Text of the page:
Great Ormond Street Hospital for Children NHS Foundation Trust v MX & Ors



Judge: Family Division (Roberts J)

Citation: [2020] EWHC 1958 (Fam)

In Great Ormond Street Hospital for Children NHS Foundation Trust v MX & Ors  [2020] EWHC 1958 (Fam), [1] a medical treatment case concerning a 9 year old child, Roberts J had some important observations to make about clinical ethics committees.  The case concerned treatment escalation in relation to a 9 year old child, who was at that point on the Paediatric Intensive Care Unit at Great Ormond Street Hospital.   The observations – which are of wider relevance – are contained in two helpfully self-contained paragraphs:

  1. Referral to Ethics Committee. During her latest admission to PICU X’s case was referred to and discussed by the Applicant Trust Ethics Committee on 15th May 2020, where the consensus reached was that further invasive treatments, including renal replacement therapy, were not in X’s best interests and that the focus should be on palliative care to maximise her comfort and quality of life prior to death. Although no external second opinions were sought this process, regrettably it did not involve the 1st and 2nd Respondents. I was told that there is no protocol or definitive guidance for the constitution and conduct of Ethics Committees, particularly as to the involvement of patients or their families in the meetings and decisions. Counsel for the child (through her guardian) drew my attention to the UK Clinical Ethics Network which on its website notes that “Current practice of most UK CECs does not usually involve patients or their families and carers in the committee’s discussion but some committees have considered cases at the request of a patient’s family or carer.”[1] In addition I was referred to an article, Newson, Ainsley J. “The role of patients in clinical ethics support: a snapshot of practices and attitudes in the United Kingdom.” Clinical Ethics 4.3 (2009): 139-145, which I have read.
  2. I consider that a lack of involvement by patients and/or their families is itself an issue of medical ethics and I am most surprised that there is not guidance in place to ensure their involvement and/or participation. While it is a matter of common sense and good practice for medical professionals and members of a multidisciplinary treating team to have discussions sans the patient or their relatives to enable an uninhibited and frank exchange of professional views and information without the need for the empathic, sensitive and supportive language used when speaking to patients and/or their families, the absence of any prior consultation or participation, cannot be good practice and should generally be unacceptable. Even at hastily assembled meetings there should be notice taken of the views of the patient and/or close relatives which could take the form of some written notes or letter submitted on their behalf. There should be guidance on patient/family participation and a clear protocol of how and when they are informed as to the arrangements being put in place for an Ethics Committee to meet along with being informed as to the outcome.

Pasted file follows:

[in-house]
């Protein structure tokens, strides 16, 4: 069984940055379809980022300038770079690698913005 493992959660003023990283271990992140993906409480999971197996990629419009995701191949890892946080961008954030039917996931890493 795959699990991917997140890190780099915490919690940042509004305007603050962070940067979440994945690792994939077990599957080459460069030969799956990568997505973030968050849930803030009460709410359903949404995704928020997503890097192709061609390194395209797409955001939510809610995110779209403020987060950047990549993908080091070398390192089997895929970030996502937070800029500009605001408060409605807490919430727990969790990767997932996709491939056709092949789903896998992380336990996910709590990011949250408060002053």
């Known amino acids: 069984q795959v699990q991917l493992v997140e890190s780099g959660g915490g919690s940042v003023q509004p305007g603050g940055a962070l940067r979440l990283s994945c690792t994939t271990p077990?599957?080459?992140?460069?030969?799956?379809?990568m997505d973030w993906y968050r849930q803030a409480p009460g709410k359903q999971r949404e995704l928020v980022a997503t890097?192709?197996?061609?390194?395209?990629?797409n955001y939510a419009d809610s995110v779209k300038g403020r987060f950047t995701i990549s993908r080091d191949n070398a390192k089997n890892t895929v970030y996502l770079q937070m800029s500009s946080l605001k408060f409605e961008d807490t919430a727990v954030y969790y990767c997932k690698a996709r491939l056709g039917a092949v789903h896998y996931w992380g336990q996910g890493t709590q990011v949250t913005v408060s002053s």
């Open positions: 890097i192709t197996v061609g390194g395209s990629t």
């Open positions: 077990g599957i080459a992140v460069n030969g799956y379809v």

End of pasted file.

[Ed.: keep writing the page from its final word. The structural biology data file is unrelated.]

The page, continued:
These comments have provoked different reactions amongst ethicists: for contrasting views, see the blog posts by Daniel Sokol and Dominic Wilkinson/Michael Dunn.   At a minimum, though, the observations by Roberts J are important in focusing attention on the question of what, precisely, the role of clinical ethics committees (or, as many are known, Clinical Ethics Advisory Groups) is in the type of complex decision-making that is ever-prevalent in the clinical setting in relation both to children and adults with impaired decision-making capacity.

[1] Note, Tor has not contributed to this, having been involved in the case.

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